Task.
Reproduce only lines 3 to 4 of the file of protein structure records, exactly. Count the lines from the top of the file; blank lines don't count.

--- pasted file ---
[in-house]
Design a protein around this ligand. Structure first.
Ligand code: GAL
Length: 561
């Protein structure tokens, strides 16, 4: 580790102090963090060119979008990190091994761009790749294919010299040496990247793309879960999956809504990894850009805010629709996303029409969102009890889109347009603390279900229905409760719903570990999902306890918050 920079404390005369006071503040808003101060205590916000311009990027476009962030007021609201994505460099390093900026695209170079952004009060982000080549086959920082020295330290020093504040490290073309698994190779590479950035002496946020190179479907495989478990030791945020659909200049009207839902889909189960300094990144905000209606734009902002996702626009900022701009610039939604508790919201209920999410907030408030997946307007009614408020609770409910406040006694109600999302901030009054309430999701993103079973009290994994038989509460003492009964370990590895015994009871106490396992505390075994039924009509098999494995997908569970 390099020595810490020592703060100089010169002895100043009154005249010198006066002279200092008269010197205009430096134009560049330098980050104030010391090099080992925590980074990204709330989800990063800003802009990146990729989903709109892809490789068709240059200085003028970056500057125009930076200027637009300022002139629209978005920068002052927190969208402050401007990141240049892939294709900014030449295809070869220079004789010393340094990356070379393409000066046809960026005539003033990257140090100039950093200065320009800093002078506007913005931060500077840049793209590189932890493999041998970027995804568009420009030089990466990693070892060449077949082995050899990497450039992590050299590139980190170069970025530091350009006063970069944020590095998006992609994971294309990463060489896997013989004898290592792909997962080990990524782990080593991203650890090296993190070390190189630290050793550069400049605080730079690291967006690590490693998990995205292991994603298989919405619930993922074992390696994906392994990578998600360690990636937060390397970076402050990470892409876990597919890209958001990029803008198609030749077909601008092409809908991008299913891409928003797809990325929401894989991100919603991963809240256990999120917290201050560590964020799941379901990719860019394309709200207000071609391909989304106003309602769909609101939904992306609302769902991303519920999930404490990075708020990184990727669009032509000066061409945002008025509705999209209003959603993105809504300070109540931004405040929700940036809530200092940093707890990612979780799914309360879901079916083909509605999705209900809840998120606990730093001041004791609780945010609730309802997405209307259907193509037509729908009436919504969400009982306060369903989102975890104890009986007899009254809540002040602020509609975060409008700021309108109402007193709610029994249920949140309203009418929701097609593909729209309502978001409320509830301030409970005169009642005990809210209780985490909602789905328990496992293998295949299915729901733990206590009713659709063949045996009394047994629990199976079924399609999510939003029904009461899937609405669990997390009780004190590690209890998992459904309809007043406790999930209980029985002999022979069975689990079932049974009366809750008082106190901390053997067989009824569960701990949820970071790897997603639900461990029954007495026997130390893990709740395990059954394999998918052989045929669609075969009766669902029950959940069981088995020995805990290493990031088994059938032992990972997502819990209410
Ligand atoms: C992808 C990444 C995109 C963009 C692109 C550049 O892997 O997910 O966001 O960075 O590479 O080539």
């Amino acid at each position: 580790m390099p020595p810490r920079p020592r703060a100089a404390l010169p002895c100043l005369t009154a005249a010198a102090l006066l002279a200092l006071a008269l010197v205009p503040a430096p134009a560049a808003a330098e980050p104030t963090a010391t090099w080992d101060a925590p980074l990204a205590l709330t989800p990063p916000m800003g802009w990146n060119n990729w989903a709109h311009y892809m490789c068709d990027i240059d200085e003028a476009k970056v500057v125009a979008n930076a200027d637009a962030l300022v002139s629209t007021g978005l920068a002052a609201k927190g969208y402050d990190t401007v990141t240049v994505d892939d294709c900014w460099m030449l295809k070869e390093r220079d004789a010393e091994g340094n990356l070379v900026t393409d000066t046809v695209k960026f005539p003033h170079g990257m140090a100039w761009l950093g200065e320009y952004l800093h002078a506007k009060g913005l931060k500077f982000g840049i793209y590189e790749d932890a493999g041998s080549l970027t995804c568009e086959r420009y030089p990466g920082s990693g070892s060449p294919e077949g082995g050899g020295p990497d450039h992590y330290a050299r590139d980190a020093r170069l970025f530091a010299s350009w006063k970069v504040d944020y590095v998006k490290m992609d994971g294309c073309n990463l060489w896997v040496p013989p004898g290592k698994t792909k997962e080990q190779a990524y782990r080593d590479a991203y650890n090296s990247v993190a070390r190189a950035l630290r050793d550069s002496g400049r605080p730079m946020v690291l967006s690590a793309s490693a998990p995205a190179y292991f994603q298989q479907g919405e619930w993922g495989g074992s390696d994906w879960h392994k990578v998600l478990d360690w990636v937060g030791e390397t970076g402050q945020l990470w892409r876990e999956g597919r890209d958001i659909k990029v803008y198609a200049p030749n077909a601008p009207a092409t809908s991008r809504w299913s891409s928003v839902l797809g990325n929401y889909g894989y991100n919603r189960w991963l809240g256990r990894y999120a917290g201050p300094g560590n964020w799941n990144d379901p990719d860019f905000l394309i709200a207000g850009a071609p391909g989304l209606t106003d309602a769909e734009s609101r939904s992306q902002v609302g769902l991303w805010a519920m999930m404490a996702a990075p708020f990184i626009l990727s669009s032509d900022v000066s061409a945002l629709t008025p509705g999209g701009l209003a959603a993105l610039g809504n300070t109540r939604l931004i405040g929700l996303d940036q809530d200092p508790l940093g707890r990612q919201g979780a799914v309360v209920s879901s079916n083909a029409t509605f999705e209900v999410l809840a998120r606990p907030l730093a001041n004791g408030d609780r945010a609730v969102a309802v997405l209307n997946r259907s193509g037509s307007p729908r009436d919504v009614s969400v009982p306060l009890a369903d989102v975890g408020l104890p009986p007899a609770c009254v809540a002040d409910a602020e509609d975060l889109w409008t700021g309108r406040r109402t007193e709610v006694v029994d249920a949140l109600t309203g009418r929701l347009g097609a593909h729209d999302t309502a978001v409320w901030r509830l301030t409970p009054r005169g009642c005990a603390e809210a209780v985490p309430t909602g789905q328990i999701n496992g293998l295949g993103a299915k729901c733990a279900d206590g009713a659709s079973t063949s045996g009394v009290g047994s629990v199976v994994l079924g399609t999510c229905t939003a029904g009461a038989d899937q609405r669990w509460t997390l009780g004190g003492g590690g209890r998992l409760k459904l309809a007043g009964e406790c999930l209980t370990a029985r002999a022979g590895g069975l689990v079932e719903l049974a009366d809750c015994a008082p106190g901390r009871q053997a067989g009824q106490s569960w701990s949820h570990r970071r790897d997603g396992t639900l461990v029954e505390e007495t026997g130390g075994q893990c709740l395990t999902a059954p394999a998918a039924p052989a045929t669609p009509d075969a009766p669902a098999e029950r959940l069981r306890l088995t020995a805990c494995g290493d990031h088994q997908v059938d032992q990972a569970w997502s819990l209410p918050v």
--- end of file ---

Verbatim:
Ligand code: GAL
Length: 561